What does the double dip mean for the future?
Well, I couldn't write a blog about anything other than the double-dip recession, could I? It was either that or the 'ten most creative uses of Pinterest' which, while definitely of interest to me, is not generally considered 'news'.
In my line of work - and particularly when the word 'recession' gets thrown about - I am frequently asked how things are looking for the future, particularly in the world of freelance consulting. Clients are looking to build as thorough a picture as they can on the economy and the rate at things which are progressing (or indeed not). And candidates? Well, they just want to know that there is a chance of another project in three, six or nine months.
My typical answer? Things are looking ... uncertain. Or in the words of one esteemed member of the team: "My crystal ball is cracked". Indeed it is. These are difficult times in which the rule book is being re-written and we are all having to adjust.
It's easier for me than most: I graduated in 2009 and have not known an economy that isn't either in recession, scrambling out of recession, or sliding back into recession. For me, this is normal, I don't hark back in nostalgic tones to the halcyon days of 2007, when revenue grew on trees and leprechauns danced in the moonlight.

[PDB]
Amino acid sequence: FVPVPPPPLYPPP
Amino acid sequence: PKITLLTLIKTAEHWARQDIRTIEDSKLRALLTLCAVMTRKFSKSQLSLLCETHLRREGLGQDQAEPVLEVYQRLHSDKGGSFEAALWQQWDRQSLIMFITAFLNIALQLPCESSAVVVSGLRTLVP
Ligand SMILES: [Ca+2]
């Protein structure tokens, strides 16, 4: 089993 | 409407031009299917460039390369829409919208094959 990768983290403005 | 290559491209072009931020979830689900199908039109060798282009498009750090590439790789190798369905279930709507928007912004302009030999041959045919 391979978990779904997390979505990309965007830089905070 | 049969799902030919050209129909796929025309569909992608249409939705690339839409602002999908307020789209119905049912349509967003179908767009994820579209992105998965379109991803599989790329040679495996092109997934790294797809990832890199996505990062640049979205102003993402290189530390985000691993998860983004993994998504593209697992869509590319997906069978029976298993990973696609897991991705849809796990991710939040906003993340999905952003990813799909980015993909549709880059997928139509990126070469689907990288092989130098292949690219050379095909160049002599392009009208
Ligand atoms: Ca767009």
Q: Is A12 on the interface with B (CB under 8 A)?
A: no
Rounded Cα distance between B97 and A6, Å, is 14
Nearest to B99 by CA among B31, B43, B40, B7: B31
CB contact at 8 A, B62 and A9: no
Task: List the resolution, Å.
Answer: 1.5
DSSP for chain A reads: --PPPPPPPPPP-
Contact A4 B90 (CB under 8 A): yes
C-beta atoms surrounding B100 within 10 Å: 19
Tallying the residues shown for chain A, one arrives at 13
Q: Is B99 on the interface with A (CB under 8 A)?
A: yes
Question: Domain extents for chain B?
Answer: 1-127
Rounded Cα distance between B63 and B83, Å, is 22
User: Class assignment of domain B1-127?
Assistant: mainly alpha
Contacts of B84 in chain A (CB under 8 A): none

And even for those who do, the way things are now is becoming a new version of normality. With innovation, hard work and determination, people and businesses are surviving and in some cases thriving. Because there is still success to be had in a recession. Business doesn't just stop because share prices go down. Projects still need to get things done - now more than ever processes need tightening, structures building, business plans refining, costs reducing, markets entering, effective strategies writing, partnerships creating, mergers merging ... you get the picture.
We are lucky at Freshminds - our candidates are extremely high calibre, motivated, conscientious and engaged individuals. In addition, we work on projects like those I outlined above: strategic business analysis, competitor intelligence, market entry and operational efficiency. Those designed, essentially, to make a business better, whatever the market.
Nevertheless, we've seen a changed landscape that runs on caution, slower decision making, less waste. From my point of view, this isn't a bad thing. Risk is essential to business - without it some of the giants we assume have always been part of our branded lives would not be in existence. But I would advocate a lack of hedonism, an element (if not over-use) of caution, a thoughtful approach to business, and resourcing.
And if this double-dip recession teaches us all not to take for granted our city life will always be at ease, and accordingly to work smarter, harder, add value to everything we do, then so much the better.
Image credit: Dale Moore Photography